25 Nov Obesity: Protein Kinase II and Hepatic Insulin Signaling
MedicalResearch.com Interview with:
Ira Tabas, M.D., Ph.D.
Richard J. Stock Professor and Vice-Chair of Research
Department of Medicine
Professor of Anatomy & Cell Biology (in Physiology and Cellular Biophysics)
Columbia University New York, NY 10032
MedicalResearch.com: What are the main findings of the study?
Dr. Tabas: We discovered a new pathway in the liver, relevant to humans, that controls the two hallmarks of type 2 diabetes (T2D), namely, excessive glucose production and defective insulin signaling. Thus, if drugs could be developed to inhibit this pathway, they could be very effective at treating or preventing T2D.
MedicalResearch.com: Were any of the findings unexpected?
Dr. Tabas: Yes—the downstream processes that control glucose production and those that regulate insulin signaling in the liver are completely different, and so the finding that one common upstream pathway controls 2 disparate downstream pathways, which together encompass the two major features of T2D, is quite remarkable. The other unexpected finding was that the common upstream pathway is activated in livers of obese humans before they get diabetes, i.e., in subjects with so-called “prediabetes.” This suggest that the pathway is fundamentally important in the initiation of the disease and could be targeted for prevention.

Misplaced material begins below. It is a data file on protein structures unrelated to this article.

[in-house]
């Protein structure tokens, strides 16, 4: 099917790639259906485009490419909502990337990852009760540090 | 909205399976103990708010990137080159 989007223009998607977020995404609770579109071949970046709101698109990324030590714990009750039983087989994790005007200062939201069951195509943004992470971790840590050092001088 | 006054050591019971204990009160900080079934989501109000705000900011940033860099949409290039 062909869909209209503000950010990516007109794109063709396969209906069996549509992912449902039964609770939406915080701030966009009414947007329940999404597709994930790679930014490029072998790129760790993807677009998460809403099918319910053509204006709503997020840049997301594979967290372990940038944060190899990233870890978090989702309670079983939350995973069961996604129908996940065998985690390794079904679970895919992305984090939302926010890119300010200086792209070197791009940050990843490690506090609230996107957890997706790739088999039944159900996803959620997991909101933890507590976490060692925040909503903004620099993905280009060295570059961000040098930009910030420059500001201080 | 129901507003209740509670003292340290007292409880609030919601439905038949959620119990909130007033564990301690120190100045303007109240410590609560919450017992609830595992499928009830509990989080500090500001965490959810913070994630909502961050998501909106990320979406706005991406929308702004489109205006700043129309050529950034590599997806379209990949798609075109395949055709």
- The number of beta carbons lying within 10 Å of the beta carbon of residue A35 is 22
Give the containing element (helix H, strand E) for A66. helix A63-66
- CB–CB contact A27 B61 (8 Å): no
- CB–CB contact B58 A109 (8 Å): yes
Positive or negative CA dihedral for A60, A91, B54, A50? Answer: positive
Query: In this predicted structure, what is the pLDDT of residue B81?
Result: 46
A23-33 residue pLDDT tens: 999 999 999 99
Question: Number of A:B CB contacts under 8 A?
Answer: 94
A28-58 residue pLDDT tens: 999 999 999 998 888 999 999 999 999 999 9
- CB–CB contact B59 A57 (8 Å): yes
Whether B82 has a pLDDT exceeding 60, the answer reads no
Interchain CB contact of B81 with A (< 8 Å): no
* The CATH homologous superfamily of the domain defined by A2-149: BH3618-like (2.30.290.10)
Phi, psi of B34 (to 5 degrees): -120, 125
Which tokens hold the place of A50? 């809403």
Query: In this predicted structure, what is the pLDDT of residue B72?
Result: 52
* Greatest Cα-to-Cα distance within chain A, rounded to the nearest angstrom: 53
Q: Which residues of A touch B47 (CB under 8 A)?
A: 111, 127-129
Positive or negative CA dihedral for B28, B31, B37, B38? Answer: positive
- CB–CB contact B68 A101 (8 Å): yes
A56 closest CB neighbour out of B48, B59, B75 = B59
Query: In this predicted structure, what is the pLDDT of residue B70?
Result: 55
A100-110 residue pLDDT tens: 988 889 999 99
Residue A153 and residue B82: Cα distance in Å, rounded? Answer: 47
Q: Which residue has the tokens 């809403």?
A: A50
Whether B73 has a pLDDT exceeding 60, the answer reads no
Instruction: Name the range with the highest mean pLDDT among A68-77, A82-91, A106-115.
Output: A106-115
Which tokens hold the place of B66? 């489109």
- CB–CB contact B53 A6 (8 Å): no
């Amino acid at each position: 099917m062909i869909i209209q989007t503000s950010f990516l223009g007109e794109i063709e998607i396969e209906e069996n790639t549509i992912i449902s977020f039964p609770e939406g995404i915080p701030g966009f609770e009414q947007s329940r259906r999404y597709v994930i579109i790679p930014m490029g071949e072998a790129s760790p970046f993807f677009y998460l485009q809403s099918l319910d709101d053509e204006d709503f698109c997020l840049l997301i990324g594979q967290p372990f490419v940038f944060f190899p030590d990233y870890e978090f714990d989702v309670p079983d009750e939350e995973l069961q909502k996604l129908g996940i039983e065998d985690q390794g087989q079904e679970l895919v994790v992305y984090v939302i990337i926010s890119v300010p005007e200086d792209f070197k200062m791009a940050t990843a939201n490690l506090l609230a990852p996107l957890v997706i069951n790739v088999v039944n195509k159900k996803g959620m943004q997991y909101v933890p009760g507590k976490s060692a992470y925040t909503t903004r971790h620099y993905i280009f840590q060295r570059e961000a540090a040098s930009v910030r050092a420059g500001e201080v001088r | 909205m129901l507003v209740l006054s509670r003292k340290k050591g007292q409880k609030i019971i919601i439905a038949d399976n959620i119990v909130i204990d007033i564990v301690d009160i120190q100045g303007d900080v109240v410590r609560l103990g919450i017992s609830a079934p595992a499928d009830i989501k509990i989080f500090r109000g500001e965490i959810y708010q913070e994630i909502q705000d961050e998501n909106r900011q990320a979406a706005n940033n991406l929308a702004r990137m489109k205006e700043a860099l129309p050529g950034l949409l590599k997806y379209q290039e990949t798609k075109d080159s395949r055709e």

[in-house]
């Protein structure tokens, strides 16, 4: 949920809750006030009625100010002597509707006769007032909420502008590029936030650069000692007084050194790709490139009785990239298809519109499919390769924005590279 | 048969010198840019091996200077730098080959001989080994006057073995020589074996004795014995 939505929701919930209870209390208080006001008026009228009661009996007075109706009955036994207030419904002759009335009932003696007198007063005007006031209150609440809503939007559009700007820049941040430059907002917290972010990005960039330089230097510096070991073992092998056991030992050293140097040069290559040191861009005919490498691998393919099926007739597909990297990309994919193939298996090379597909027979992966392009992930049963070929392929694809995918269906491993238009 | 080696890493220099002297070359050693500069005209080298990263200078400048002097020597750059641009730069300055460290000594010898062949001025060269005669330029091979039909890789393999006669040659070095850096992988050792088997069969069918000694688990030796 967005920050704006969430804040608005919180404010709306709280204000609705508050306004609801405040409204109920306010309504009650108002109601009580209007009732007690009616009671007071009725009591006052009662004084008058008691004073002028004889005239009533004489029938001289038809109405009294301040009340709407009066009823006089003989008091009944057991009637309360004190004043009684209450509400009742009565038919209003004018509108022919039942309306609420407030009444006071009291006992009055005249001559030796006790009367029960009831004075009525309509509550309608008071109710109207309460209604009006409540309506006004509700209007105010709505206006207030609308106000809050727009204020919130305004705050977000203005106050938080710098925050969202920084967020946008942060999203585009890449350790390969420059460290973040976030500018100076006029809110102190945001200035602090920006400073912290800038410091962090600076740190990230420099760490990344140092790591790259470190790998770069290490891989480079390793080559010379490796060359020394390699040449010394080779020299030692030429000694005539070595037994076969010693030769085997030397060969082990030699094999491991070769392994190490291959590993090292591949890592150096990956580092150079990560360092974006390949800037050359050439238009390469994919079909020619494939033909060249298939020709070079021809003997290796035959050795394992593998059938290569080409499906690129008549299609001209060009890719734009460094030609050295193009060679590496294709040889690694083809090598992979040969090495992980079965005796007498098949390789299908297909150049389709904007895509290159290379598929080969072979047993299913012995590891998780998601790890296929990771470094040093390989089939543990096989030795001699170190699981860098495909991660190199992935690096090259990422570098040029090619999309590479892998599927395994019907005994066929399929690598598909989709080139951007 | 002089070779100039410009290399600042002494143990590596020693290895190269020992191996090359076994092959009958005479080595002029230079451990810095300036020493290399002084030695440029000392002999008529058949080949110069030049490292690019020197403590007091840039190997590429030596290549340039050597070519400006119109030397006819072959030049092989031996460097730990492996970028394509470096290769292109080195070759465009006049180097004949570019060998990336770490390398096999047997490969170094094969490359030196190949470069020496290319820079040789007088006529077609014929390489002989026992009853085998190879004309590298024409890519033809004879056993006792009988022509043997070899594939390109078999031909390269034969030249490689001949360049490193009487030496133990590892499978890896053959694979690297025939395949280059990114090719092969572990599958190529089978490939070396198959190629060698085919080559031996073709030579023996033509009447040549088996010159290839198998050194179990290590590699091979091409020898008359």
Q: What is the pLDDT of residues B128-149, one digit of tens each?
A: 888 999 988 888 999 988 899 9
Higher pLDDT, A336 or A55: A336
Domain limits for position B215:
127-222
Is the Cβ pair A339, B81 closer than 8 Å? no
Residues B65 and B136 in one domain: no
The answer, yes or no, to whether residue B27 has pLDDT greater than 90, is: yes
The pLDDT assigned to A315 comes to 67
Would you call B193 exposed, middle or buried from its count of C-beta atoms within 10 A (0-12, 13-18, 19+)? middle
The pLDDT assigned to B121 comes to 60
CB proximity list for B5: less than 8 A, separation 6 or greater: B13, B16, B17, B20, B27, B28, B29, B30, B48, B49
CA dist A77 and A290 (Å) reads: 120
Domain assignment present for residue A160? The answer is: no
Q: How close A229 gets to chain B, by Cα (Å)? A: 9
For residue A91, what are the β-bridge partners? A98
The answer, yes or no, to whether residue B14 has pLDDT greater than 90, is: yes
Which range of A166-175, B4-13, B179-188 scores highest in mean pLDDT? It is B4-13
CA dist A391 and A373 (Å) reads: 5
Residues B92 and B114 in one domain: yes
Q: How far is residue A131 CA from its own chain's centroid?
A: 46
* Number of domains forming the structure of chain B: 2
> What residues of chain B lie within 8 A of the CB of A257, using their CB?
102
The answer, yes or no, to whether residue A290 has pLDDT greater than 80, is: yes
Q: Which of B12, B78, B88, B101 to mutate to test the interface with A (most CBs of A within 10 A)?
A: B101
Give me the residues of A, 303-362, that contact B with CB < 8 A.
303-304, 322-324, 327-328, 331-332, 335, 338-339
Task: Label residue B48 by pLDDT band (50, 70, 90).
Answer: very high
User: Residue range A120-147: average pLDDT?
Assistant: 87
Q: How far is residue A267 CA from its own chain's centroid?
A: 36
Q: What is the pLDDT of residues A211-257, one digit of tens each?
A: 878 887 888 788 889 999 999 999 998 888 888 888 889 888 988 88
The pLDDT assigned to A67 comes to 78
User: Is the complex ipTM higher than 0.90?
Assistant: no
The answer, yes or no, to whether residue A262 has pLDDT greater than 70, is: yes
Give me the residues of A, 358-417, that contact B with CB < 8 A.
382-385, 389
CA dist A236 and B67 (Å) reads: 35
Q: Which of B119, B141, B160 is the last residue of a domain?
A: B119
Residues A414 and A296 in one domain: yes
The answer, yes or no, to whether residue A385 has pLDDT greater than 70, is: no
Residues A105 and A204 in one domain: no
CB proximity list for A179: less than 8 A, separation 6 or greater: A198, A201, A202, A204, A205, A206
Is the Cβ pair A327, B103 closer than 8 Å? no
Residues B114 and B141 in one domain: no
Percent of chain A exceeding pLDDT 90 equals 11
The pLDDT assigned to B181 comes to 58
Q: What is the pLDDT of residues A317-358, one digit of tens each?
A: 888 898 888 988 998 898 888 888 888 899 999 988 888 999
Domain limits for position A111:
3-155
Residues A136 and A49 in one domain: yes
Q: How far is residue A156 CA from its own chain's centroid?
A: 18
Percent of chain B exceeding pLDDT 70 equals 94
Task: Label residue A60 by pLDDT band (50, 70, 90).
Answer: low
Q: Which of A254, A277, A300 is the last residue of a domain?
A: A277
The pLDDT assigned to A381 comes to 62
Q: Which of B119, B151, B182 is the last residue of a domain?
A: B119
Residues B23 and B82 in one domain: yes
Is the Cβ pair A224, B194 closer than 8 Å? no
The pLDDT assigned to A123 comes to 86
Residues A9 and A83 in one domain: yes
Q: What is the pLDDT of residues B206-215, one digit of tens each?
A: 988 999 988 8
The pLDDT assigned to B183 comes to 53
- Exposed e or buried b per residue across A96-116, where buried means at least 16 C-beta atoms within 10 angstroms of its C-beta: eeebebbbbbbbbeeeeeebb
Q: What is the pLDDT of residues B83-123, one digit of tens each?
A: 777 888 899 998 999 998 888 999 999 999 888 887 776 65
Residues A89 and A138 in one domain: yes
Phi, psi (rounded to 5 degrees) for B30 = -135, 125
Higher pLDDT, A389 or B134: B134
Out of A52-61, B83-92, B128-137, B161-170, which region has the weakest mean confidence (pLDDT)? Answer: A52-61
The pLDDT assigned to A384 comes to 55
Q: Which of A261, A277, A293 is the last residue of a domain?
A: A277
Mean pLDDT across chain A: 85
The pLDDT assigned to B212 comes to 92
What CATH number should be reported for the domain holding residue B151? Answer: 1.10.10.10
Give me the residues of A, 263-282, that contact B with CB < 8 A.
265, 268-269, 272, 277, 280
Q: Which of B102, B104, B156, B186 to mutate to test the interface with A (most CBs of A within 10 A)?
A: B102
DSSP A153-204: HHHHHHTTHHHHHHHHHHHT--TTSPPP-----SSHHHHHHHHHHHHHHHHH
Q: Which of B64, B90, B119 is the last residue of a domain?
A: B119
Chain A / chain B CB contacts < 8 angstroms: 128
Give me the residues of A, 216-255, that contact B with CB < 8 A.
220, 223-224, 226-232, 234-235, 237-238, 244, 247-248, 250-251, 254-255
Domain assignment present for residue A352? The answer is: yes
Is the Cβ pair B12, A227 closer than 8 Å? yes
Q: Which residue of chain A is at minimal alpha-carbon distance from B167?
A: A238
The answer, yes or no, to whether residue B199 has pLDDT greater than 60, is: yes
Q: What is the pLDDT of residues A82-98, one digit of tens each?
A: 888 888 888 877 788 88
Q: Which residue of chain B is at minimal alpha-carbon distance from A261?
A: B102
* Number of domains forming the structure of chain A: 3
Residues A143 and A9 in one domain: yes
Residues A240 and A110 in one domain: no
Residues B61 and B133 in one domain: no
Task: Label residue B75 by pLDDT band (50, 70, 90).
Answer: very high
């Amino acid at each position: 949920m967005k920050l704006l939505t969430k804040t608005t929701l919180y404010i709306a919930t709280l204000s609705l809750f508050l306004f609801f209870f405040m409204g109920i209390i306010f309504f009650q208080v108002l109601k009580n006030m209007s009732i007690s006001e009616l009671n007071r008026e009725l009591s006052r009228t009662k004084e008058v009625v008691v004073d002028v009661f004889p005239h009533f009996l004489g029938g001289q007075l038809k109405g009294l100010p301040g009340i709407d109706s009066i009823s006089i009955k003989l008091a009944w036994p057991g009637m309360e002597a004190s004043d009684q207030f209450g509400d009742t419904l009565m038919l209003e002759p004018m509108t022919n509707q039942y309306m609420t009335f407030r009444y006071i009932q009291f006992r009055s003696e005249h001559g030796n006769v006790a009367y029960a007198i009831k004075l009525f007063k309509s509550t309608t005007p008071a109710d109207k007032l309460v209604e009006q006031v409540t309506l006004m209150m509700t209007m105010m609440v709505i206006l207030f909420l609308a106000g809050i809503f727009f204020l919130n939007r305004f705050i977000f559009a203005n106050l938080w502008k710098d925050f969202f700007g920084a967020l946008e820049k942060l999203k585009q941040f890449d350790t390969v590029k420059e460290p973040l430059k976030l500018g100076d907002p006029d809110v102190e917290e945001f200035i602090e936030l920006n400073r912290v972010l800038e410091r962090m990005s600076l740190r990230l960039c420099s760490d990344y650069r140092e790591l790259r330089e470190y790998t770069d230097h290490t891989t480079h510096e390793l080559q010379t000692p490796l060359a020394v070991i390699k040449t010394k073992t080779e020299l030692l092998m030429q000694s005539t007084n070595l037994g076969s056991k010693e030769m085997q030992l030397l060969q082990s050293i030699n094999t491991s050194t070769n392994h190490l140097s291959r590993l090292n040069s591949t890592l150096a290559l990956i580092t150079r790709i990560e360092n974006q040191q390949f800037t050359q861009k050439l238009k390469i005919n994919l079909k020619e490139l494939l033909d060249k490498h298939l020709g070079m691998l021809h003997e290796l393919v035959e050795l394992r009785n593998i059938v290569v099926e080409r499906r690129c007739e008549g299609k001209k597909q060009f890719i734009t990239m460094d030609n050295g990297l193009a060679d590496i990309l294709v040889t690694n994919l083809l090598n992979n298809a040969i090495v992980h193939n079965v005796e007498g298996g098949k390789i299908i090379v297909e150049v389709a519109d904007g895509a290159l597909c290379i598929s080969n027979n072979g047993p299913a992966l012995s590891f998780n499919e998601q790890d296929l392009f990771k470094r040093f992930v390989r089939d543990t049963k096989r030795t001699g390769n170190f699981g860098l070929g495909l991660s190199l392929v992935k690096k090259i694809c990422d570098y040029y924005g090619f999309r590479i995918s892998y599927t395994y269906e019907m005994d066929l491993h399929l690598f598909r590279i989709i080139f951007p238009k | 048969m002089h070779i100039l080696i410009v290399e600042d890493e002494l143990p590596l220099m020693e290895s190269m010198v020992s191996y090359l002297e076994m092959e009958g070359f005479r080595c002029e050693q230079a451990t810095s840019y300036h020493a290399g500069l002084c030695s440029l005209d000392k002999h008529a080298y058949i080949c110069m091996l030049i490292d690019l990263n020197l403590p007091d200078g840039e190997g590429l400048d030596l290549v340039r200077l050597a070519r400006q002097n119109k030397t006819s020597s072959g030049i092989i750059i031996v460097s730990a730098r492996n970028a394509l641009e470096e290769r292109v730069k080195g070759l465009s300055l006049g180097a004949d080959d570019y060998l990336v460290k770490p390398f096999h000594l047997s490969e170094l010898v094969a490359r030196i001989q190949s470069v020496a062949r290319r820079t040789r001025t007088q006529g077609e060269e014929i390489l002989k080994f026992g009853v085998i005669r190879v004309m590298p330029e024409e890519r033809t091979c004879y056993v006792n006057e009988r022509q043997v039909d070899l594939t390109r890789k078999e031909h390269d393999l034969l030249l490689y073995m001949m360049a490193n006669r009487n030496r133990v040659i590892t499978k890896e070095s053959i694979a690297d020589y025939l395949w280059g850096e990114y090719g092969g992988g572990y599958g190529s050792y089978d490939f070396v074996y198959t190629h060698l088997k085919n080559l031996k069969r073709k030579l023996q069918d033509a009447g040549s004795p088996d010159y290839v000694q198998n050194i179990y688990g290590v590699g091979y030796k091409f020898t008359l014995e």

MedicalResearch.com: What should clinicians and patients take away from your report?
Dr. Tabas: There is hope that a new type of drug could safely and effectively treat T2D and prevent T2D in subjects with prediabetes.
MedicalResearch.com: What recommendations do you have for future research as a result of this study?
Dr. Tabas: Inhibitors for the upstream pathway, particularly a target called MK2, need to be optimized in animal studies for potency and safety and then tried in early clinical trials to validate efficacy and safety.
|21 November 2013||Cell Metabolism|